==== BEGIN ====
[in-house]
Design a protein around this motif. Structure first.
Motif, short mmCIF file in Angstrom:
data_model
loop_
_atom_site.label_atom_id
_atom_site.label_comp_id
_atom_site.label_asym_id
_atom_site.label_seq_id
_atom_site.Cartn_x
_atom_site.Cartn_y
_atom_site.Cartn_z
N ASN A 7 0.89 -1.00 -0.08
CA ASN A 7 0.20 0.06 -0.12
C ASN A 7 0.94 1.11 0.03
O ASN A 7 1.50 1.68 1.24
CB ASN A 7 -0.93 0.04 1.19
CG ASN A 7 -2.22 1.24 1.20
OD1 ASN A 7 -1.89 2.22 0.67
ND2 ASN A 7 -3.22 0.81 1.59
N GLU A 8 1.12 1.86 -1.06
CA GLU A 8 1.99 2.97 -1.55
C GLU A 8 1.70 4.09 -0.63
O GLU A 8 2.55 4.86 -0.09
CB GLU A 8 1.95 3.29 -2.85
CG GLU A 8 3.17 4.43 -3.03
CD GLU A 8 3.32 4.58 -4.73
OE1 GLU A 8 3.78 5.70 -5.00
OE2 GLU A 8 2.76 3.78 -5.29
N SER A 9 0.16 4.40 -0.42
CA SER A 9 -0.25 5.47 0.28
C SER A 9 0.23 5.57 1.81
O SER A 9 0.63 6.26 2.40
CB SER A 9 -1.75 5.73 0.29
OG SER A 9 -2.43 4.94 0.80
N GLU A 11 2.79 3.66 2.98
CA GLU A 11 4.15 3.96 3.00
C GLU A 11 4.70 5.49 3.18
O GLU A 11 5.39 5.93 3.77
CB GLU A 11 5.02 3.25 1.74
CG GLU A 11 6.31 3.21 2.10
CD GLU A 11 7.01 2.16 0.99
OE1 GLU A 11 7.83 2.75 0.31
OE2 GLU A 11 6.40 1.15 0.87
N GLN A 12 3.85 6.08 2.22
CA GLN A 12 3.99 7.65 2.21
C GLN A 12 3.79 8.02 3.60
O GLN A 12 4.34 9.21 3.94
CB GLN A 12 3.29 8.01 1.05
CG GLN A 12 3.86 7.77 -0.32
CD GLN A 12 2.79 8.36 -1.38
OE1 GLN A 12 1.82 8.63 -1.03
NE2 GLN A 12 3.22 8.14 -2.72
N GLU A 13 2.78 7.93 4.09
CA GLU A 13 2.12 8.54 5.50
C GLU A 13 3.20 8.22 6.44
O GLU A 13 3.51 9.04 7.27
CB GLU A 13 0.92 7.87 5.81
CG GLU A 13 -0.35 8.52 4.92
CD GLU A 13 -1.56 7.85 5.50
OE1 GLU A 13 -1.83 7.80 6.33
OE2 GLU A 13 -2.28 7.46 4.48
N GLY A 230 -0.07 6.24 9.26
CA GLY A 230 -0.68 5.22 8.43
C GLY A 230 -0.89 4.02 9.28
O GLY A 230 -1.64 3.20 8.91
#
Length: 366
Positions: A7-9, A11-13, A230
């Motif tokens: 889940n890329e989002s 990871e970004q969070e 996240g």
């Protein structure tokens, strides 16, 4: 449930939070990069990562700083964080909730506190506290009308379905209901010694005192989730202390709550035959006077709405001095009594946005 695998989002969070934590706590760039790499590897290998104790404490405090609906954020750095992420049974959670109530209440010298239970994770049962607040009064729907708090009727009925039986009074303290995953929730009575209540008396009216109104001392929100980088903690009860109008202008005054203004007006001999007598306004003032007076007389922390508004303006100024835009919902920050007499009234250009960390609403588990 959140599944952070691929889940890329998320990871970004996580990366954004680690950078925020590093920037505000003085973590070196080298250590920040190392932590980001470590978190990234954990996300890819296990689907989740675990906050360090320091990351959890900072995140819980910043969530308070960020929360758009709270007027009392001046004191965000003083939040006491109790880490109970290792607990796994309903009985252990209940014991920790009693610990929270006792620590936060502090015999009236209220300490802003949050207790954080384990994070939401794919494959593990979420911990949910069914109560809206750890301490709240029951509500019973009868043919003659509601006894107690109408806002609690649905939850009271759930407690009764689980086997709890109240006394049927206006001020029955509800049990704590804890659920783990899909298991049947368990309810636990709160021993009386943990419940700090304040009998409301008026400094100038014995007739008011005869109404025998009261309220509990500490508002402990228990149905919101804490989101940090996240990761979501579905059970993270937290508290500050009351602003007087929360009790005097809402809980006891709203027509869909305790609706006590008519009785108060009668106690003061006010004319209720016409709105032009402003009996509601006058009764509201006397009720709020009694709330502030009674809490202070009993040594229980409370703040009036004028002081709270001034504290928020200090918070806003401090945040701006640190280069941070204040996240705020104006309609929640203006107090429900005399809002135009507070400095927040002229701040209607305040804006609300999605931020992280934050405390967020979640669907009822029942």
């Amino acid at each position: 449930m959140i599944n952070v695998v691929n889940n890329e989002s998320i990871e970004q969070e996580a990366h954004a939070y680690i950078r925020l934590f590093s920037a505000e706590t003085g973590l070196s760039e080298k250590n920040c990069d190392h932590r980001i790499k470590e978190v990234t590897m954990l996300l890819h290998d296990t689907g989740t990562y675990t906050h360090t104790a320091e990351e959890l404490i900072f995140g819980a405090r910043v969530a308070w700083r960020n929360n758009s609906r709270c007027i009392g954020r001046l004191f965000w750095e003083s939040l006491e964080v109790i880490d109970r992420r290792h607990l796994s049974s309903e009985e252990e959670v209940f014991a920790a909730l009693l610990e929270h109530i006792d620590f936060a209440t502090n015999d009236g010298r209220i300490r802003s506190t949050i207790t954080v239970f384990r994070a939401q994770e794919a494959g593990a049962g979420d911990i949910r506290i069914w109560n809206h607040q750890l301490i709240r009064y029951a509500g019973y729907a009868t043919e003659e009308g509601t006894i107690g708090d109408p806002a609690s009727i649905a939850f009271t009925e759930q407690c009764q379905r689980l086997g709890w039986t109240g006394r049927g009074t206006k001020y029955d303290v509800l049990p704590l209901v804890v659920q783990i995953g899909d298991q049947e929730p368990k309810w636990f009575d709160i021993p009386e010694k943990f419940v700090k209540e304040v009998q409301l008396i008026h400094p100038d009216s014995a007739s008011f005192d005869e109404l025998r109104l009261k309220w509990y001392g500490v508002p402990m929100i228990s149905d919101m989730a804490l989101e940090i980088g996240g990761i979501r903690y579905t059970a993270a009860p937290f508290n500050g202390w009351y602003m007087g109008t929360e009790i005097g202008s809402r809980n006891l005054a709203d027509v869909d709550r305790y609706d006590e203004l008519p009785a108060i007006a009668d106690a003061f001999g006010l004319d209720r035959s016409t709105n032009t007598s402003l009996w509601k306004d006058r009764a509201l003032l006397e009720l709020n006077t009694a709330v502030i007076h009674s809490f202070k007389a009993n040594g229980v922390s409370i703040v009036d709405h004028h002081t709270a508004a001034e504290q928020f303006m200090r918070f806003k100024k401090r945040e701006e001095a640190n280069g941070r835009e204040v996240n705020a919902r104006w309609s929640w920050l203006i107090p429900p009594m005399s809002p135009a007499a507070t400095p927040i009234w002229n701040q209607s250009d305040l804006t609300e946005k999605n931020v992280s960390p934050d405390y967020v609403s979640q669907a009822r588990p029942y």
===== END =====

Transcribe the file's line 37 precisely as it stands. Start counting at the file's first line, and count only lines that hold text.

CA GLU A 11 4.15 3.96 3.00